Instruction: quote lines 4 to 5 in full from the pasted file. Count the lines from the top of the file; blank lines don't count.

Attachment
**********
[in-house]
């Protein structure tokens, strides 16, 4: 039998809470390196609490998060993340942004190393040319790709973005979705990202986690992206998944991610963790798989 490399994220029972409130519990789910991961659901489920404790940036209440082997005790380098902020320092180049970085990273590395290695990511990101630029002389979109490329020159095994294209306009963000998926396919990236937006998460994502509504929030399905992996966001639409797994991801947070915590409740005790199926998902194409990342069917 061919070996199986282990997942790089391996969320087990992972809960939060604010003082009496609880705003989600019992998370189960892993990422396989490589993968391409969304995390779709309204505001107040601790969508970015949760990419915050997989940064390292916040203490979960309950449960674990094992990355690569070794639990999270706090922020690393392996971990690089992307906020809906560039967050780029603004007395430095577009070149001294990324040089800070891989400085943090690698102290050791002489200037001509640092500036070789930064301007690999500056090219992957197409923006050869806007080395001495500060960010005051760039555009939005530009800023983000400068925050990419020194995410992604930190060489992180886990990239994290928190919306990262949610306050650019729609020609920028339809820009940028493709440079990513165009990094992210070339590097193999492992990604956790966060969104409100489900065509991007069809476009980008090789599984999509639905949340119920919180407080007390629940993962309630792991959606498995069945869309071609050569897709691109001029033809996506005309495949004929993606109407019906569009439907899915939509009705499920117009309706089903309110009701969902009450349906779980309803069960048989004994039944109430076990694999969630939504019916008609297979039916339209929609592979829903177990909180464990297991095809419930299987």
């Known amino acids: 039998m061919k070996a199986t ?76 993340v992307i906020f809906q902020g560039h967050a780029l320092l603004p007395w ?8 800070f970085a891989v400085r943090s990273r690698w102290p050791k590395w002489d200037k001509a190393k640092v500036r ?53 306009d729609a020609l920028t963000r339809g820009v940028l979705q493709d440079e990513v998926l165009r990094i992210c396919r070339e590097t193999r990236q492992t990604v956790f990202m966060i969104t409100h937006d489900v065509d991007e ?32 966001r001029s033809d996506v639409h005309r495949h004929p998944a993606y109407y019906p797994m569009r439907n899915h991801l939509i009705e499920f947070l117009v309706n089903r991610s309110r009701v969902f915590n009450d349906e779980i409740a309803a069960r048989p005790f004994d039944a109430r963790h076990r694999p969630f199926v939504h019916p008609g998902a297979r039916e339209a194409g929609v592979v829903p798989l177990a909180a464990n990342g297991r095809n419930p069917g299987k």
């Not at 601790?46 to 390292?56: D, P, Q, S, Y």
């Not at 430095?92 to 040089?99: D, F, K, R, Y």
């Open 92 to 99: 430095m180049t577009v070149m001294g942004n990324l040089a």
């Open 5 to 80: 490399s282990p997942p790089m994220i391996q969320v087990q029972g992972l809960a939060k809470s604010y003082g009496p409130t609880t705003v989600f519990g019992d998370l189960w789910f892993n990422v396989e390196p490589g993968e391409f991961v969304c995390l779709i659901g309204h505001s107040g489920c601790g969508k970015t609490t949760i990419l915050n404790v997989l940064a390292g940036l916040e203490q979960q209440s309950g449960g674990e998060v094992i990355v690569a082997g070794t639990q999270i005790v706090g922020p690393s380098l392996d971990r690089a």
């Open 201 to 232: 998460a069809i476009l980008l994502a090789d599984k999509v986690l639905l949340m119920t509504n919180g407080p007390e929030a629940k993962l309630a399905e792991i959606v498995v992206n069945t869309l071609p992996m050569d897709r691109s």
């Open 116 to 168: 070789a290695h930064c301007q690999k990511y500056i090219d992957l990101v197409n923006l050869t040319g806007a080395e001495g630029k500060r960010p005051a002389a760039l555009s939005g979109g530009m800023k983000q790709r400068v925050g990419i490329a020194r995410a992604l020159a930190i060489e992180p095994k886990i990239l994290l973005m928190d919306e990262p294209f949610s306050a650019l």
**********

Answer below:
């Not at 601790?46 to 390292?56: D, P, Q, S, Y």
């Not at 430095?92 to 040089?99: D, F, K, R, Y």